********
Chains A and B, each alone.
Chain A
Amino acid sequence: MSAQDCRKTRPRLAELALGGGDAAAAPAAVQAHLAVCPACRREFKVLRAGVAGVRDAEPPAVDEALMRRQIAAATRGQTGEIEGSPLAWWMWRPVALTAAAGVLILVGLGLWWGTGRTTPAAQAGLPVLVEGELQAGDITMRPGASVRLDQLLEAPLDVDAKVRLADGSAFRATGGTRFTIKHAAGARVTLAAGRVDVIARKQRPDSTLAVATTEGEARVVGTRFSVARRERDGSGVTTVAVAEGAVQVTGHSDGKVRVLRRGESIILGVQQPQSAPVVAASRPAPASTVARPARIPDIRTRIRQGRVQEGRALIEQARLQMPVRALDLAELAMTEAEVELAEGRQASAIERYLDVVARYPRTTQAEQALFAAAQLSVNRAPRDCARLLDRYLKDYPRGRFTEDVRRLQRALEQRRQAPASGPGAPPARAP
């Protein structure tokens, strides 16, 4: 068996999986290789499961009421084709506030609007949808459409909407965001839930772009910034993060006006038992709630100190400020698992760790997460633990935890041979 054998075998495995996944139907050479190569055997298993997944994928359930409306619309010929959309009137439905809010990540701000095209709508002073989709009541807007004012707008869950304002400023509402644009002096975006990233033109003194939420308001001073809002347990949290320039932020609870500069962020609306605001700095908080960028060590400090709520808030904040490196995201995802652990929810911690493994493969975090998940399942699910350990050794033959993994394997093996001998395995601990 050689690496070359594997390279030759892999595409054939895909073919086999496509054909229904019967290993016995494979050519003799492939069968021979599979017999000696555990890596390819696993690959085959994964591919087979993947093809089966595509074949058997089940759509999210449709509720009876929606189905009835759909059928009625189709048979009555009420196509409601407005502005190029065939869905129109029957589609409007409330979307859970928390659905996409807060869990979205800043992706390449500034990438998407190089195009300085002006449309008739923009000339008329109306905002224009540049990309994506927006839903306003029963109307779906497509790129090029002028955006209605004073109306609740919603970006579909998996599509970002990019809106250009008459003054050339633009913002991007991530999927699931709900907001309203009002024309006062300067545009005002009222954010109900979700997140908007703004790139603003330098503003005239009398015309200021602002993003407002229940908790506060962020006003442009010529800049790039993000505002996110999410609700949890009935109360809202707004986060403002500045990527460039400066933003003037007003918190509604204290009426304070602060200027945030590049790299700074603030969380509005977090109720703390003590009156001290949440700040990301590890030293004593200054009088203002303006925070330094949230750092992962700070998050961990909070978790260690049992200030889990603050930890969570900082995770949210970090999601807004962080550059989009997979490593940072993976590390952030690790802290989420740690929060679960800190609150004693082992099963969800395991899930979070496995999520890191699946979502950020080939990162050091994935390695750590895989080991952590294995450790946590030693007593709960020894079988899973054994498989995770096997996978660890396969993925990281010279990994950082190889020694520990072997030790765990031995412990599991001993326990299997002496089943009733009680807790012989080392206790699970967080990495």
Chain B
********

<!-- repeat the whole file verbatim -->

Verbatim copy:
Chains A and B, each alone.
Chain A
Amino acid sequence: MSAQDCRKTRPRLAELALGGGDAAAAPAAVQAHLAVCPACRREFKVLRAGVAGVRDAEPPAVDEALMRRQIAAATRGQTGEIEGSPLAWWMWRPVALTAAAGVLILVGLGLWWGTGRTTPAAQAGLPVLVEGELQAGDITMRPGASVRLDQLLEAPLDVDAKVRLADGSAFRATGGTRFTIKHAAGARVTLAAGRVDVIARKQRPDSTLAVATTEGEARVVGTRFSVARRERDGSGVTTVAVAEGAVQVTGHSDGKVRVLRRGESIILGVQQPQSAPVVAASRPAPASTVARPARIPDIRTRIRQGRVQEGRALIEQARLQMPVRALDLAELAMTEAEVELAEGRQASAIERYLDVVARYPRTTQAEQALFAAAQLSVNRAPRDCARLLDRYLKDYPRGRFTEDVRRLQRALEQRRQAPASGPGAPPARAP
């Protein structure tokens, strides 16, 4: 068996999986290789499961009421084709506030609007949808459409909407965001839930772009910034993060006006038992709630100190400020698992760790997460633990935890041979 054998075998495995996944139907050479190569055997298993997944994928359930409306619309010929959309009137439905809010990540701000095209709508002073989709009541807007004012707008869950304002400023509402644009002096975006990233033109003194939420308001001073809002347990949290320039932020609870500069962020609306605001700095908080960028060590400090709520808030904040490196995201995802652990929810911690493994493969975090998940399942699910350990050794033959993994394997093996001998395995601990 050689690496070359594997390279030759892999595409054939895909073919086999496509054909229904019967290993016995494979050519003799492939069968021979599979017999000696555990890596390819696993690959085959994964591919087979993947093809089966595509074949058997089940759509999210449709509720009876929606189905009835759909059928009625189709048979009555009420196509409601407005502005190029065939869905129109029957589609409007409330979307859970928390659905996409807060869990979205800043992706390449500034990438998407190089195009300085002006449309008739923009000339008329109306905002224009540049990309994506927006839903306003029963109307779906497509790129090029002028955006209605004073109306609740919603970006579909998996599509970002990019809106250009008459003054050339633009913002991007991530999927699931709900907001309203009002024309006062300067545009005002009222954010109900979700997140908007703004790139603003330098503003005239009398015309200021602002993003407002229940908790506060962020006003442009010529800049790039993000505002996110999410609700949890009935109360809202707004986060403002500045990527460039400066933003003037007003918190509604204290009426304070602060200027945030590049790299700074603030969380509005977090109720703390003590009156001290949440700040990301590890030293004593200054009088203002303006925070330094949230750092992962700070998050961990909070978790260690049992200030889990603050930890969570900082995770949210970090999601807004962080550059989009997979490593940072993976590390952030690790802290989420740690929060679960800190609150004693082992099963969800395991899930979070496995999520890191699946979502950020080939990162050091994935390695750590895989080991952590294995450790946590030693007593709960020894079988899973054994498989995770096997996978660890396969993925990281010279990994950082190889020694520990072997030790765990031995412990599991001993326990299997002496089943009733009680807790012989080392206790699970967080990495």
Chain B